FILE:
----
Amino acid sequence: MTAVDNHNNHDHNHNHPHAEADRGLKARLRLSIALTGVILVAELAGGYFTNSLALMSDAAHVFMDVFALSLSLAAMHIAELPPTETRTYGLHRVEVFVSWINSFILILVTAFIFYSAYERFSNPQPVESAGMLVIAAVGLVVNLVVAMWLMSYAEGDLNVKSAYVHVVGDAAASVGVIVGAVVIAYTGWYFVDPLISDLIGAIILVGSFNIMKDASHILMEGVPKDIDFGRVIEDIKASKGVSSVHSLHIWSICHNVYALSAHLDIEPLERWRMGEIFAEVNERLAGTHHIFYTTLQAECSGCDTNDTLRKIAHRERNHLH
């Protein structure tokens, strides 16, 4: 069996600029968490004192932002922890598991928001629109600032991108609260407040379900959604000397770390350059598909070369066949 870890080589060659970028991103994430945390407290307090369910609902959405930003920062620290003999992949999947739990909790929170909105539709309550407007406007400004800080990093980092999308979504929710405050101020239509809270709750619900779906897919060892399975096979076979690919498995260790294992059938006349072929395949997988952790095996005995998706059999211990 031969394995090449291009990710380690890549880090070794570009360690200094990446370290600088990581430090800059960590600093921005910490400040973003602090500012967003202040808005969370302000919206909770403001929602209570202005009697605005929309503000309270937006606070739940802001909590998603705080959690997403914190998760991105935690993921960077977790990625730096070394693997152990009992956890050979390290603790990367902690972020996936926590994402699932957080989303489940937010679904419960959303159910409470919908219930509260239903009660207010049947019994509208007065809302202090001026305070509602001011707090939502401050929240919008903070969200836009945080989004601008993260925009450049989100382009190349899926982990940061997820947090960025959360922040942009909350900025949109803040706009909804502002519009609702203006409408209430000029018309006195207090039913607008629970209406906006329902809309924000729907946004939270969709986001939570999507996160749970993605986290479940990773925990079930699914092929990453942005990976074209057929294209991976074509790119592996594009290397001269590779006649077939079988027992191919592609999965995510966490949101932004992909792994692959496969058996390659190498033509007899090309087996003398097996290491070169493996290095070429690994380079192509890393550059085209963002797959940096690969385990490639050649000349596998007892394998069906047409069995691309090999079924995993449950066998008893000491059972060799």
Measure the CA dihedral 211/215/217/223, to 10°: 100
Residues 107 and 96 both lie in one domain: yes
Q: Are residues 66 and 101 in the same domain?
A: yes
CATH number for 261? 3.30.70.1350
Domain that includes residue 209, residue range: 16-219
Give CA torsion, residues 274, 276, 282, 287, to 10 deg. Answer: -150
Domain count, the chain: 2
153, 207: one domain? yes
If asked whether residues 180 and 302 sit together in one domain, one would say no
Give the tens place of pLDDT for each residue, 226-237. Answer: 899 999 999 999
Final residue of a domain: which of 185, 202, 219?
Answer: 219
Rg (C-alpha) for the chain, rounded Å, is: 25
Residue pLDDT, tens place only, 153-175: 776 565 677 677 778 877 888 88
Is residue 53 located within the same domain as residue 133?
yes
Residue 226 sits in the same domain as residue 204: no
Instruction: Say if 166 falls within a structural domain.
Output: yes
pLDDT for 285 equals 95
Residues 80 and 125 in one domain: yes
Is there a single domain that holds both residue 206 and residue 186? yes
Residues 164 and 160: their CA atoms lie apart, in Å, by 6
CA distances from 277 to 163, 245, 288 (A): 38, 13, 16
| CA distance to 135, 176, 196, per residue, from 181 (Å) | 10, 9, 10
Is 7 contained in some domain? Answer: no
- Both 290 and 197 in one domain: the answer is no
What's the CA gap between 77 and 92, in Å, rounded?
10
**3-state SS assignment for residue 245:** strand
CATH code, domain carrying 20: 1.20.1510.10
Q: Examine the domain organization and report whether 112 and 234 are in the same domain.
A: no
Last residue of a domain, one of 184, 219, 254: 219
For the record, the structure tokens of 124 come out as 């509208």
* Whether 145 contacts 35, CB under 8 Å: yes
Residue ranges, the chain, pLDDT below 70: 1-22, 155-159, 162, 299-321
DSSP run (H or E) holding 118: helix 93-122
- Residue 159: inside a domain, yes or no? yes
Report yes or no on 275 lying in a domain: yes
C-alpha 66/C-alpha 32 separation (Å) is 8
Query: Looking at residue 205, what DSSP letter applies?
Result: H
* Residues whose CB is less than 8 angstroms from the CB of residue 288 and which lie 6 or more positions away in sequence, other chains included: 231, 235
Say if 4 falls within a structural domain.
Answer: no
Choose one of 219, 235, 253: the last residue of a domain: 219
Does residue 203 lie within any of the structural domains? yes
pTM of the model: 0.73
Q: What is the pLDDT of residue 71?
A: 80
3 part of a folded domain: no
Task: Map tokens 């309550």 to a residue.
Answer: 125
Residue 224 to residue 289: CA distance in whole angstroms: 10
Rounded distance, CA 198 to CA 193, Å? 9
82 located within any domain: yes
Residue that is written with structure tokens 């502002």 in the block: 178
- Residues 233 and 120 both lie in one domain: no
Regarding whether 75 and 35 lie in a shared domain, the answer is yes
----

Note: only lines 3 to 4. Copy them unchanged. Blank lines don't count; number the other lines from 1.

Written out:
Measure the CA dihedral 211/215/217/223, to 10°: 100
Residues 107 and 96 both lie in one domain: yes